BEST SWIM CLASSES: We'll tell you how to find them
THE most important thing parents could do to safeguard children around waterways was to keep an eye on them, but teaching them water skills was also vital.
According to the Australian Water Safety Strategy, which aimed to halve drowning numbers by 2020, adult supervision, pool fencing, water familiarisation and CPR skills were all important factors in reducing drownings in children aged 0-4.
So, what should Northern Rivers parents look out for when signing their little one up to swim lessons?
Matt George, owner of Summit Sport and Fitness Centre in Goonellabah, said it was important to not only check that your swim school was registered - with either AUSTSWIM or Swim Australia - but also check your instructor was experienced and qualified.
"We pride ourselves on reliability and consistency," Mr George said.
He said having the same teacher each lesson meant trust was built up between the child and the teacher, which was important to achieving the best result.
Lessons for infants Mr George said, were valuable in helping the child become familiar with water and helped to build confidence.
Once a child reached about 2.5-3, he said they were usually old enough to start swim lessons - this differed from child to child, but they needed to be able to follow instructor's directions.
He said there were only three children in these classes and parents were not required to be in the pool with them.
Some tips Mr George said to look out for when booking a class.
• How many children are in each class?
Some swim classes may be cheaper than others, but they may have many more students per class.
At Summit, each preschool-aged swim class had only three students per class, and the school-aged groups, four.
Mr George said you should check if you were getting value for money - smaller classes with qualified, experienced instructors he said, led to better outcomes.
• Check the pool's water temperature and quality
Mr George said a cold pool made it harder for children to concentrate.
It might seem obvious, but also check if the water was nice and clean.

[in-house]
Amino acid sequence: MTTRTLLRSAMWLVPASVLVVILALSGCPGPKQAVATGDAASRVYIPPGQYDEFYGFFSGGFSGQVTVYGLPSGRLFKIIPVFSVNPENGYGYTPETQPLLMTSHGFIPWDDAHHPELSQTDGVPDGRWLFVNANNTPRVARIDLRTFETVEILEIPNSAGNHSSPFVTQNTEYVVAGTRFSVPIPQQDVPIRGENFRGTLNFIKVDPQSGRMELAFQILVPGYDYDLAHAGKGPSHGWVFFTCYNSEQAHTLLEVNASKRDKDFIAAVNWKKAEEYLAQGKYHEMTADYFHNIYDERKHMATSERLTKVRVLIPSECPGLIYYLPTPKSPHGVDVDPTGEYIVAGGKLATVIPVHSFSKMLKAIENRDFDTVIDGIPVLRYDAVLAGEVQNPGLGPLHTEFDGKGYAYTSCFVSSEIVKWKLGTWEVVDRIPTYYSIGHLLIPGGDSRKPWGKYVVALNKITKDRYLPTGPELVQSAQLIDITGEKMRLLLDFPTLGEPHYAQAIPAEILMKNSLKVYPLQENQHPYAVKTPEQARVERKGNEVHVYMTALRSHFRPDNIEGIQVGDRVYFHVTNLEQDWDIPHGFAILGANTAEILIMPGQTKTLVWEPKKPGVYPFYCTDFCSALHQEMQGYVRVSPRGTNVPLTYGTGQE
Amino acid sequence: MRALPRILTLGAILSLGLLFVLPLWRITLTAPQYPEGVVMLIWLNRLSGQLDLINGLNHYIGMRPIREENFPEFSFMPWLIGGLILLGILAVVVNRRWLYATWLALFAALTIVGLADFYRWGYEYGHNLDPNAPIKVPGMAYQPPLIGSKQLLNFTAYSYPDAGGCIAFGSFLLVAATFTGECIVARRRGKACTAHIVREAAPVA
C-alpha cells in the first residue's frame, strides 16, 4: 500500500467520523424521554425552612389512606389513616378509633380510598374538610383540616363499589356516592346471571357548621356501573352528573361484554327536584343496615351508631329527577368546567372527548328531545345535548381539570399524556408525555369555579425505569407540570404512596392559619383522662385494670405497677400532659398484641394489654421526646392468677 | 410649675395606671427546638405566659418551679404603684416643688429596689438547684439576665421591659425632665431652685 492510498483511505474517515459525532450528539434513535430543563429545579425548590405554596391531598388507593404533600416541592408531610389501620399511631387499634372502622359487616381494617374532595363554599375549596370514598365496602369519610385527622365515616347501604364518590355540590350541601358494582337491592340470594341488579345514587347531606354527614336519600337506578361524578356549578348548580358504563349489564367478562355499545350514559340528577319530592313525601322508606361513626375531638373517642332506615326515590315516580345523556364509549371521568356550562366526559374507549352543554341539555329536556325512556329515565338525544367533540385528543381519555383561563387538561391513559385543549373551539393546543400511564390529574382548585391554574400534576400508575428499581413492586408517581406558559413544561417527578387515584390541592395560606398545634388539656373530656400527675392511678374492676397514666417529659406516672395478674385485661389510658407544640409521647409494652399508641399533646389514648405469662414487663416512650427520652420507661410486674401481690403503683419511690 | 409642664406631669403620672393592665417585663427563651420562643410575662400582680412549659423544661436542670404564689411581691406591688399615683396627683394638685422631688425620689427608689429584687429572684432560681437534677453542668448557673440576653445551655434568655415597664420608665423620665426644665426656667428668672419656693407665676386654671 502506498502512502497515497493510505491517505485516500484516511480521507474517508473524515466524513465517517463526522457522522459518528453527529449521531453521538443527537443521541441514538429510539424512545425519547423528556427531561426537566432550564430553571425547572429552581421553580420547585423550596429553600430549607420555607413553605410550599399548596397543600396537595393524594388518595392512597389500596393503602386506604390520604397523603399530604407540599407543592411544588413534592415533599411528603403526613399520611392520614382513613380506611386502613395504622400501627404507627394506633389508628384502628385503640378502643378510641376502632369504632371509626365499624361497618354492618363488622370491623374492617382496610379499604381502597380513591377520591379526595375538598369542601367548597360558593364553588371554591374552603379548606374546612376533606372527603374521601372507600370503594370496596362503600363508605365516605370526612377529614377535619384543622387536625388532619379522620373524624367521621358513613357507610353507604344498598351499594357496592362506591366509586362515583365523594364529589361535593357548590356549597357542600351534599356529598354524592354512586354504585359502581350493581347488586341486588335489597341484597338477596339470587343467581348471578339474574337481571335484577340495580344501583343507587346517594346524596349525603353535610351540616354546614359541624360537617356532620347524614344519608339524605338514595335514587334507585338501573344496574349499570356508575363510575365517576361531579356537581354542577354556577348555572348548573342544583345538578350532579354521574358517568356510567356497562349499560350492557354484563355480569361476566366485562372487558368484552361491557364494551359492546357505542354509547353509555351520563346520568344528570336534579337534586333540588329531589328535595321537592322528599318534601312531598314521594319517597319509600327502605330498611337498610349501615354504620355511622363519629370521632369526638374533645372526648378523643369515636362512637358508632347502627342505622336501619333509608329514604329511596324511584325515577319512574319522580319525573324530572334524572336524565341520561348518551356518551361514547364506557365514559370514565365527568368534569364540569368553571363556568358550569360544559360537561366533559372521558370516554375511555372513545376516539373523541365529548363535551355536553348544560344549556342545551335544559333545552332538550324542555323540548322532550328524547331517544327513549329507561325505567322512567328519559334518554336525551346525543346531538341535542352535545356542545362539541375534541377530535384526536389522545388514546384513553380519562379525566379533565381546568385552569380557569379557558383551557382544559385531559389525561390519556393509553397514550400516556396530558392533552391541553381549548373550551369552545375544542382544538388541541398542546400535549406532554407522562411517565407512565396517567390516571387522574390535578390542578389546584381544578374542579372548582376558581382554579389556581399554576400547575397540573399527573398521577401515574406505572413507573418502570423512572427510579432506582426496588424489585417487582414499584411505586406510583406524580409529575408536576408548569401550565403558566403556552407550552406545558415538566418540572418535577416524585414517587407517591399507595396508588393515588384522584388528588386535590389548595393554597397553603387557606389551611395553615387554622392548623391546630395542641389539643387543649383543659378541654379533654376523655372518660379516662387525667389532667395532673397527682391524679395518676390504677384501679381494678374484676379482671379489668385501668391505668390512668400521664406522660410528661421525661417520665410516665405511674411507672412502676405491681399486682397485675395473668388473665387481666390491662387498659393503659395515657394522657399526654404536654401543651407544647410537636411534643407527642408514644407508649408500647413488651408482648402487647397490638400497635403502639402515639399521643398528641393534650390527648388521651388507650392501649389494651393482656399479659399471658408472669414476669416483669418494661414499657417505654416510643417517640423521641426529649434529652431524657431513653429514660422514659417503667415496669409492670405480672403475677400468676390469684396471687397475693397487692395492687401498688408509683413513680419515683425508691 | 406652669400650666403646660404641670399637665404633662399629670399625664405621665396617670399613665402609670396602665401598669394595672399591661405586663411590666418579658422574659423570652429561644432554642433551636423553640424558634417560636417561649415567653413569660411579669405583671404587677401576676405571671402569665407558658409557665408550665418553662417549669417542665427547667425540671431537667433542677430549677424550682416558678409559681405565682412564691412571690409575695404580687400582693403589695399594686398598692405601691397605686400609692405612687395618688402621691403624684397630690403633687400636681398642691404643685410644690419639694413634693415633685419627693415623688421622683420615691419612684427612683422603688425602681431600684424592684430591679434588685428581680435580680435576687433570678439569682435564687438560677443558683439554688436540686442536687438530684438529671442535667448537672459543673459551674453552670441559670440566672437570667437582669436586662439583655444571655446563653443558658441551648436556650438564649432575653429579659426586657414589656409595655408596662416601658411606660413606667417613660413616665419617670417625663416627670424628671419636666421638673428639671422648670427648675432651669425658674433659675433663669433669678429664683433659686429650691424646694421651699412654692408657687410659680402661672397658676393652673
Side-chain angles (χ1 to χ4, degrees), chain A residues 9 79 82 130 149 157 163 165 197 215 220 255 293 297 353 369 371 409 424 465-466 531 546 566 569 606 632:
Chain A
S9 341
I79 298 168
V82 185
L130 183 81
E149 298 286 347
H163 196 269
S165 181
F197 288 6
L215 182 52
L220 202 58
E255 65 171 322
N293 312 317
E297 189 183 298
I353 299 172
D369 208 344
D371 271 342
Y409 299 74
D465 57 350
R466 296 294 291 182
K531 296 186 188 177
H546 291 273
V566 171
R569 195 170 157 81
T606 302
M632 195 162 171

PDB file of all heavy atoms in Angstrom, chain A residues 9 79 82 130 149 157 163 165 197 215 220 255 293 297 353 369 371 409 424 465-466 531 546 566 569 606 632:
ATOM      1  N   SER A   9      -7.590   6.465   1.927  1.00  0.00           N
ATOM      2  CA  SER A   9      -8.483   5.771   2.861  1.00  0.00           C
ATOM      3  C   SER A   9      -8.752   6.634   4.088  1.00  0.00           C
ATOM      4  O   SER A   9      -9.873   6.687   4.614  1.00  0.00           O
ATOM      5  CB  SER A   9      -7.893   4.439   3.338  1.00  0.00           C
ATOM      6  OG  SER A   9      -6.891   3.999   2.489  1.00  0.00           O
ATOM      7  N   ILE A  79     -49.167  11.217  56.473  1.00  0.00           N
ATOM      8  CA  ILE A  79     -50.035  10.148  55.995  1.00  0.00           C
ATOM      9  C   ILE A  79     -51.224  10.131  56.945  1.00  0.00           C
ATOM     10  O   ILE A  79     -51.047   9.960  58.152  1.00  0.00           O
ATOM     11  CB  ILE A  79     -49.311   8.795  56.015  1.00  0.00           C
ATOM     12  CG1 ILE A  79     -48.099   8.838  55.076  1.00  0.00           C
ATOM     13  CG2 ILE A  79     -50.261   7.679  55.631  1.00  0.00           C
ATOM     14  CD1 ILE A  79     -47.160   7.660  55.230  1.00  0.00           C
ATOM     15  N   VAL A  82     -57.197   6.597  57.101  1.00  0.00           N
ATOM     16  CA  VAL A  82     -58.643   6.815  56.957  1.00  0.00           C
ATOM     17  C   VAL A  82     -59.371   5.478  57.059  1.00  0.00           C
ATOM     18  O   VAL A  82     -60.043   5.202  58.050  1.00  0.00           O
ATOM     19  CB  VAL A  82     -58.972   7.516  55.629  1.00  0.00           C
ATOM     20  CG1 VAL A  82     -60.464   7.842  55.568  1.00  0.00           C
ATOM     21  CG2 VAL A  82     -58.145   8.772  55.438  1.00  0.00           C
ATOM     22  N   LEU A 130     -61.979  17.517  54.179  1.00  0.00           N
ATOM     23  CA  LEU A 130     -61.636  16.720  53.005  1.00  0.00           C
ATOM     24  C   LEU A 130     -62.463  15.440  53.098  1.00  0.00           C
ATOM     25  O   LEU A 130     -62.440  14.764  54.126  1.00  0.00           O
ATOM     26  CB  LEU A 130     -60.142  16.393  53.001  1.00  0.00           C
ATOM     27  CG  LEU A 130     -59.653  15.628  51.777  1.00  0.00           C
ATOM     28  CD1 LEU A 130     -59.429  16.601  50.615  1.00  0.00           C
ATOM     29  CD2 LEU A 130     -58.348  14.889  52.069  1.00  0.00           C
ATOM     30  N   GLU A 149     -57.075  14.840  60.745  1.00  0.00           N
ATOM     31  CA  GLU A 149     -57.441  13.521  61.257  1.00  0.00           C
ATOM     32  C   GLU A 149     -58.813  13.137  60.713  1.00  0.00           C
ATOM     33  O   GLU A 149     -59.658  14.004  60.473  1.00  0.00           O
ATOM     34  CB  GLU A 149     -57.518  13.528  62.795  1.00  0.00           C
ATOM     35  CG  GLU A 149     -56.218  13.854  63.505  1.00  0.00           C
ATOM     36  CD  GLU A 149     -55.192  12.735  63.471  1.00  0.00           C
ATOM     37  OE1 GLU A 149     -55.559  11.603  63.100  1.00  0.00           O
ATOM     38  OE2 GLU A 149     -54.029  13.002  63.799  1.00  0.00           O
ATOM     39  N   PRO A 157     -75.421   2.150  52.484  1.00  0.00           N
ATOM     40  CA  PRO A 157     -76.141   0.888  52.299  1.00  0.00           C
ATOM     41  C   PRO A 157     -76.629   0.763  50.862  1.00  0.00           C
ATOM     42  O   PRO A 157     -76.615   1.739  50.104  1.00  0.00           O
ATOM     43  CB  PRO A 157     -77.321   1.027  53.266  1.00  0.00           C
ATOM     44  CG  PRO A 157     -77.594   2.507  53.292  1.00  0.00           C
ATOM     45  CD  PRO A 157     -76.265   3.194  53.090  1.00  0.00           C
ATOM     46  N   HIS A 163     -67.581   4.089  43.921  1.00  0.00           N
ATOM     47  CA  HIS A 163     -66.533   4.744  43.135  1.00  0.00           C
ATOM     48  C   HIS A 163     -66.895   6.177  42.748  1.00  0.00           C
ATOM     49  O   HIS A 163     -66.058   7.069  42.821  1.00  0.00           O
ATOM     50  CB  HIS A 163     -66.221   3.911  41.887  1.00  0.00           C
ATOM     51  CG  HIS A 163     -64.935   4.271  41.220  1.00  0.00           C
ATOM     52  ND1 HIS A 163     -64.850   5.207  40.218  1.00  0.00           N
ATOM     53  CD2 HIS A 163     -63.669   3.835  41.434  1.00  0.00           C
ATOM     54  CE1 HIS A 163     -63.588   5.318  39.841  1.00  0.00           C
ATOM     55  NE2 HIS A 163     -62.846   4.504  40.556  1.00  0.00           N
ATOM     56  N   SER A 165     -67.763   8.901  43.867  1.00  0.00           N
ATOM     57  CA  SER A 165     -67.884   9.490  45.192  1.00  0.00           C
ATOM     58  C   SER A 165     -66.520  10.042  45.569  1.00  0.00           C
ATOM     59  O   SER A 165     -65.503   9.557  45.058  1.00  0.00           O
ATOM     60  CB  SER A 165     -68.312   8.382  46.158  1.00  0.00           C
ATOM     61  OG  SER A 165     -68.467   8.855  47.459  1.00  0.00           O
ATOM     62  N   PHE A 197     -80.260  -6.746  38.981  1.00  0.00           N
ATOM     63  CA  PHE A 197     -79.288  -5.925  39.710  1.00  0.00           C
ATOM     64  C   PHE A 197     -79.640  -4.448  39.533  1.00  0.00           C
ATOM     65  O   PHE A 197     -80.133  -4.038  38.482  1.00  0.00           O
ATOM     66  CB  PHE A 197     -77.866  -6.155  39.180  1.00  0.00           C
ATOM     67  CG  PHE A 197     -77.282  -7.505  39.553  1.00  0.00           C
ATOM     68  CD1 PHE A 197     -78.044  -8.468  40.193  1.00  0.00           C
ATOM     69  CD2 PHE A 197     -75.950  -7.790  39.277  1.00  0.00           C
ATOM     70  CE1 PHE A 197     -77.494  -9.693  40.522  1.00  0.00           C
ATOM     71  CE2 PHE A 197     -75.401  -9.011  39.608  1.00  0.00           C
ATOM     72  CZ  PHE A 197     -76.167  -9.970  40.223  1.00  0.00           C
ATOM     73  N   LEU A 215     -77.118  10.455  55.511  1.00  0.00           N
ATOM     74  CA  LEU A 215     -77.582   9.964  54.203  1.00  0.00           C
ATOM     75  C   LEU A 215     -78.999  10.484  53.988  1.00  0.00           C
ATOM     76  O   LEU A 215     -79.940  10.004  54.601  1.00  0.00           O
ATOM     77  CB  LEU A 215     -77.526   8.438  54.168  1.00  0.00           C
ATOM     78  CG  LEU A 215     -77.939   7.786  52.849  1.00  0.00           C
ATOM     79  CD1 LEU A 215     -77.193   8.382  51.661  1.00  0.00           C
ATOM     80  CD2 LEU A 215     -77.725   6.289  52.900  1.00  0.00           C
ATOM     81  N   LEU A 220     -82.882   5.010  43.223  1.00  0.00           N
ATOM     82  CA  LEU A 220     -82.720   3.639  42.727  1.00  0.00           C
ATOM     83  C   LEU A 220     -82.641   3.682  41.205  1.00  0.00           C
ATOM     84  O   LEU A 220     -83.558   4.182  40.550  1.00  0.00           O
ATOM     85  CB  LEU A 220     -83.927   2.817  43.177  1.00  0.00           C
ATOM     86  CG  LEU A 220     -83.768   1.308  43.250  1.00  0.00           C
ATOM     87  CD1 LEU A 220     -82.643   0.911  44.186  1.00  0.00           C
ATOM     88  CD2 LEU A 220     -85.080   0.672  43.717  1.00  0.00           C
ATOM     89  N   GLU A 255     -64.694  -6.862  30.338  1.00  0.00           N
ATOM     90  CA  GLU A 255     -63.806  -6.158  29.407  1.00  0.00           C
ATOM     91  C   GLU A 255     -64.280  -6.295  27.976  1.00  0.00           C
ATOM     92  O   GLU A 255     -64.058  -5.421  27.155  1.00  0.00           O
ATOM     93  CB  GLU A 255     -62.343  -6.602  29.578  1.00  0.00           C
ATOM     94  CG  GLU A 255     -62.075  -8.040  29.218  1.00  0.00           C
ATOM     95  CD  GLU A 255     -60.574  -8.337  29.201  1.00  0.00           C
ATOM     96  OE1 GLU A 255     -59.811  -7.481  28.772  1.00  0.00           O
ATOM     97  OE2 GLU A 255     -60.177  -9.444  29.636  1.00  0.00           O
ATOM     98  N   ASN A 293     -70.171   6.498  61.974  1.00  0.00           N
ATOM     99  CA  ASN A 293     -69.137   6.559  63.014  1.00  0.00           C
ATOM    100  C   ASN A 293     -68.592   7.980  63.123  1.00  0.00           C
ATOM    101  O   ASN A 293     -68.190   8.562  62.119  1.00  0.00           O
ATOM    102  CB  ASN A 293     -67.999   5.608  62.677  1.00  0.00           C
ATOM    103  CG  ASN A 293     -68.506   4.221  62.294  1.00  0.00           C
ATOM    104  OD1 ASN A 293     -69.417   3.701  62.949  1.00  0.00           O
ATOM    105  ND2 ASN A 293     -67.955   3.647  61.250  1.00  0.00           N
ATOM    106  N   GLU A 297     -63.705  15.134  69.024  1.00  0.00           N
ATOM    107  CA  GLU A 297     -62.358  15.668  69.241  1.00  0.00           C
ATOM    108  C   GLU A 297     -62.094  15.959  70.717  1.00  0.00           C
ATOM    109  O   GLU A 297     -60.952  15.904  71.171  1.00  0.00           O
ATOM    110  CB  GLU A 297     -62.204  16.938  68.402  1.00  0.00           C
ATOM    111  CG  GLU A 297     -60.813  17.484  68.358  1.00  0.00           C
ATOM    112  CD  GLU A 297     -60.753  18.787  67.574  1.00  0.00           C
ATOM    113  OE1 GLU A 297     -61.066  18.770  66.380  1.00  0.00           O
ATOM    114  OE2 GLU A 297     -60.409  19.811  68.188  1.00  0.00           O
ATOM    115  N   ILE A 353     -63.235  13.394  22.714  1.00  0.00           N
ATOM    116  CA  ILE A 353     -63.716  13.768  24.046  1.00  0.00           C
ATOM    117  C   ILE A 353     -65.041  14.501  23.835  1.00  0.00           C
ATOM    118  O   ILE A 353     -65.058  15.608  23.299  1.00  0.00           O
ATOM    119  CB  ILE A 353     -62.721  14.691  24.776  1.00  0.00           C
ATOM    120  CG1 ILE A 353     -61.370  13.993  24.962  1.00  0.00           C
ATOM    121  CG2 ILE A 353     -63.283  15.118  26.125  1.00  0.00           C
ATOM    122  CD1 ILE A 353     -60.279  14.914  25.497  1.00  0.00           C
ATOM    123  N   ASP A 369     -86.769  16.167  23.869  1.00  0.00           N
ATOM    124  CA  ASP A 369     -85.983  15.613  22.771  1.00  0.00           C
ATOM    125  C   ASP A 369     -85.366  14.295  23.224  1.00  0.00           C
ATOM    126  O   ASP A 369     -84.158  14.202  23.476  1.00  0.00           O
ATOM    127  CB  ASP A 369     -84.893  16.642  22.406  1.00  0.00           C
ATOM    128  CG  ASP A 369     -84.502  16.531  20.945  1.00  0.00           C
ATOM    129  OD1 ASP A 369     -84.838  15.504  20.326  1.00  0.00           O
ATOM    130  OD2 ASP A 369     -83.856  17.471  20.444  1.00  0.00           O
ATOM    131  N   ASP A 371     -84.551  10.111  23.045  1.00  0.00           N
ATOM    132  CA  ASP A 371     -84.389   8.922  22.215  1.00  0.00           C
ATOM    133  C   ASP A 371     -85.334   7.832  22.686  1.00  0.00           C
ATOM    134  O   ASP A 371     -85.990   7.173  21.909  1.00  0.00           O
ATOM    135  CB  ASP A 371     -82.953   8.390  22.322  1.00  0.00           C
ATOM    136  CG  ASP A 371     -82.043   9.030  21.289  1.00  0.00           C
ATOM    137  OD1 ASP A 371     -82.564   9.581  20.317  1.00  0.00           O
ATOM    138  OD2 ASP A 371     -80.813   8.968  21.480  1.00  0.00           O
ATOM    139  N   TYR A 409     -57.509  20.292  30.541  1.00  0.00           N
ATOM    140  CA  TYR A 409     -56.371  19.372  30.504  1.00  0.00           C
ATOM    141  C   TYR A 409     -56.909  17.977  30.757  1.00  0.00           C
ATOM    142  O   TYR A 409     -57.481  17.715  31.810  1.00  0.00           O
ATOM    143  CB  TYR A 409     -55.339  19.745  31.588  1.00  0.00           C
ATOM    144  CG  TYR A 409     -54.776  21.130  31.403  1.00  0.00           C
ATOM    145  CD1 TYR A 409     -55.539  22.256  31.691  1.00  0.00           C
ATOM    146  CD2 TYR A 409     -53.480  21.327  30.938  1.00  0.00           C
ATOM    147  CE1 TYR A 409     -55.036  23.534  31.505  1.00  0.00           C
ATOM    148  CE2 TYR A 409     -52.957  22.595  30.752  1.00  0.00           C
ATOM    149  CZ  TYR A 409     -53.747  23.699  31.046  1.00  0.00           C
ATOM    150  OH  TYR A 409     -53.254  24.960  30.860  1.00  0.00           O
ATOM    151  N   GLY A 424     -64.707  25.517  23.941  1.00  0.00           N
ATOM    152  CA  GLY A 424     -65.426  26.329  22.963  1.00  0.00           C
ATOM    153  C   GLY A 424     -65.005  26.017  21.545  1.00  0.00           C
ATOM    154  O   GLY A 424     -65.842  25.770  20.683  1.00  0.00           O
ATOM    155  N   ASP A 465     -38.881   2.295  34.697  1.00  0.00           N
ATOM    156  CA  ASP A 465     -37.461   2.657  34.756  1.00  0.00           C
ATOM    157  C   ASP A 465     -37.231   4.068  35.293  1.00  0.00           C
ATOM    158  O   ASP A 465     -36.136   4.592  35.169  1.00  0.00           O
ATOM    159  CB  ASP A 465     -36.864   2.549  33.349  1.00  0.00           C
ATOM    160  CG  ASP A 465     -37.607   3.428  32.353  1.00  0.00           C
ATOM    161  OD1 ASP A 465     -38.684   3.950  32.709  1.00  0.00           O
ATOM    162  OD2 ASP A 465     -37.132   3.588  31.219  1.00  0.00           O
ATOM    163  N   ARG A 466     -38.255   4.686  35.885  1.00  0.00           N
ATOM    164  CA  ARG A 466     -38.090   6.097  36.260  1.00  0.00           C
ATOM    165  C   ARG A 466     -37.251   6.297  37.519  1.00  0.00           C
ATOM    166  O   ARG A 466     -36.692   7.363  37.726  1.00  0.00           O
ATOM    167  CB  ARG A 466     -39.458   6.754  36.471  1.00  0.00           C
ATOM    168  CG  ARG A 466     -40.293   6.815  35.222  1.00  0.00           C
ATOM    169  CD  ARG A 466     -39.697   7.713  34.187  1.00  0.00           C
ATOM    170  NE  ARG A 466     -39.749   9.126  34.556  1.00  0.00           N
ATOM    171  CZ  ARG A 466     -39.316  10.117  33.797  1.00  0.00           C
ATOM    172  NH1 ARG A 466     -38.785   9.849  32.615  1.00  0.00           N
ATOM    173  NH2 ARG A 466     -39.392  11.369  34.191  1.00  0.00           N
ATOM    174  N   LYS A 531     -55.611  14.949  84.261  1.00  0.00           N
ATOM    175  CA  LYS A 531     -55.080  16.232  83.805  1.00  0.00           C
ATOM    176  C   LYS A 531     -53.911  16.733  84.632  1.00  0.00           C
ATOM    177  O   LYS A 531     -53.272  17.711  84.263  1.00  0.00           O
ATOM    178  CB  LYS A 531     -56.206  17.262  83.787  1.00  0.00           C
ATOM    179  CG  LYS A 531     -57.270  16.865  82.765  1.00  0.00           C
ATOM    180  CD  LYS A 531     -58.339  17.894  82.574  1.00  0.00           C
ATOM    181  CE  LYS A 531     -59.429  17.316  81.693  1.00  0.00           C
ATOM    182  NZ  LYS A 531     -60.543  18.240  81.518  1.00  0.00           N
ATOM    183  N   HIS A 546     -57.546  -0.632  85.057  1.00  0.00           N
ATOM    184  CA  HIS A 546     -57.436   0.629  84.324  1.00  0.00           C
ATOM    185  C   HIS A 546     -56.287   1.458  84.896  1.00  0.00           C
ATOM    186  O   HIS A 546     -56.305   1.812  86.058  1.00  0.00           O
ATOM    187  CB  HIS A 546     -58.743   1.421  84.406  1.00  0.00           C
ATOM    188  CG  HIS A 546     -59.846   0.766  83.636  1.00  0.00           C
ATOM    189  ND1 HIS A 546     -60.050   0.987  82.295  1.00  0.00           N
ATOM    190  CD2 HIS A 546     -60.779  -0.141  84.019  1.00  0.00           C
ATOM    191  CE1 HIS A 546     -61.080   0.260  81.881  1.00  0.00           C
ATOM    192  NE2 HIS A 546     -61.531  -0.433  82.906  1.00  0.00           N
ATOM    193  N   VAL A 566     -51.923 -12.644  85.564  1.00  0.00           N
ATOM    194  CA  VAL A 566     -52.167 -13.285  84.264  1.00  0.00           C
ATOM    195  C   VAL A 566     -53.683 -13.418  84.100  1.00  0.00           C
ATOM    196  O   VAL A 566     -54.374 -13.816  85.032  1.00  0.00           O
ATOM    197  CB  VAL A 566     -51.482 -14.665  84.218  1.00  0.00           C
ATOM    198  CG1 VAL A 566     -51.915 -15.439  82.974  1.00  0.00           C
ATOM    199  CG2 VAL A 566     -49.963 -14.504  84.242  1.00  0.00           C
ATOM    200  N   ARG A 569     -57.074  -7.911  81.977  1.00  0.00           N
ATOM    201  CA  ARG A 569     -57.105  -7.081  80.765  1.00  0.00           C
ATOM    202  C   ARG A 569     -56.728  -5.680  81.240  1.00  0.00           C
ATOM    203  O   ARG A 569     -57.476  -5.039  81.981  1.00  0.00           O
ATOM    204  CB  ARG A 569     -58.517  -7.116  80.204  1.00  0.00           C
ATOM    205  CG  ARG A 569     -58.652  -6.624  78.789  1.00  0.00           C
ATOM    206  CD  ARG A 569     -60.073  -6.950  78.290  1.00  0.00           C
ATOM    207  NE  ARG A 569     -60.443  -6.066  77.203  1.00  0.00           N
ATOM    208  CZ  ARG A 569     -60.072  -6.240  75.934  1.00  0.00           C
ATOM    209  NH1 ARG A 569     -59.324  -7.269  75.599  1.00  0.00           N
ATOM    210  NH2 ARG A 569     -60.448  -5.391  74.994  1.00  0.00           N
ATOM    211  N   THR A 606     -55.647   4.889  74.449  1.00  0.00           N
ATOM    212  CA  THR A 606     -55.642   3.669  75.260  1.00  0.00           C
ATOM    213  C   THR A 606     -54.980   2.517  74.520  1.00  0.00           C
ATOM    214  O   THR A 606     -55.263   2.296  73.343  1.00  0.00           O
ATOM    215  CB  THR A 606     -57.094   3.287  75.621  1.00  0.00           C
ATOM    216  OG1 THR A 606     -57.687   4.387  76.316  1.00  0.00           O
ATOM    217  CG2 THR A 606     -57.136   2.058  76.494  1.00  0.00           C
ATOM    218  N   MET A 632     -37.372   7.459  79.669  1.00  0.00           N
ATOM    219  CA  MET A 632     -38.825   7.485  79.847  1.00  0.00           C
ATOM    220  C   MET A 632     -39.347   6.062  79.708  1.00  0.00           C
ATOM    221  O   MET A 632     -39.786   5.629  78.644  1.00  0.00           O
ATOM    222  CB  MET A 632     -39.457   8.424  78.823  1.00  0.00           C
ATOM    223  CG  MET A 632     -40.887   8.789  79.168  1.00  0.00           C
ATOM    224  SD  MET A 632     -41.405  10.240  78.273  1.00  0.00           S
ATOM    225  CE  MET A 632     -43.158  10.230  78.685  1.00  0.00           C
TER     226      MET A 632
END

• Will the lesson be free from distraction?
Removing outside distraction was especially important in young children, so check if the area where the lesson was to be conducted was separate from the public and away from other activity that could be distracting.
"It is hard for a child to concentrate if someone is jumping into the pool over them, or sitting nearby eating an ice cream," Mr George said.
For example, said the at their centre, private classes for younger children were not held at the same time larger school groups were using the pool.
More Summit lesson information here.
• Is the swim school well organised?
Mr George said a good swim school would answer your inquiries promptly and in a friendly manner - he said it was an indicator the centre was well organised.
On Facebook, our readers nominated the following swim schools as being among the best on the Northern Rivers.
Tayla Boyle said: "Northern Rivers Swim Academy at Trinity is amazing. we have been attending since my daughter was 14-weeks. Friendly instructors and always a positive experience"
Stacey Wallis: "We only go to the best at Northern Rivers Swim Academy at Trinity. The facilities are clean. Both kids love it there".
Rebecca Yourell said: "For early beginner swimmers, Summit at Goonellabah is great".
Kelly Hayman said: "Definitely Casino pool with Annette, she has taught all our kiddies to swim and is now teaching our youngest daughter".
Rebecca Yourell said: "Lismore Workers Swim Team is an amazing family friendly club. Great coaches who support all children and it is also the most inclusive club in the area".
Naomi Arnison said: "Lismore Workers! Family friendly, competitive pathways if you want. Knowledgeable for those swimmers with disabilities".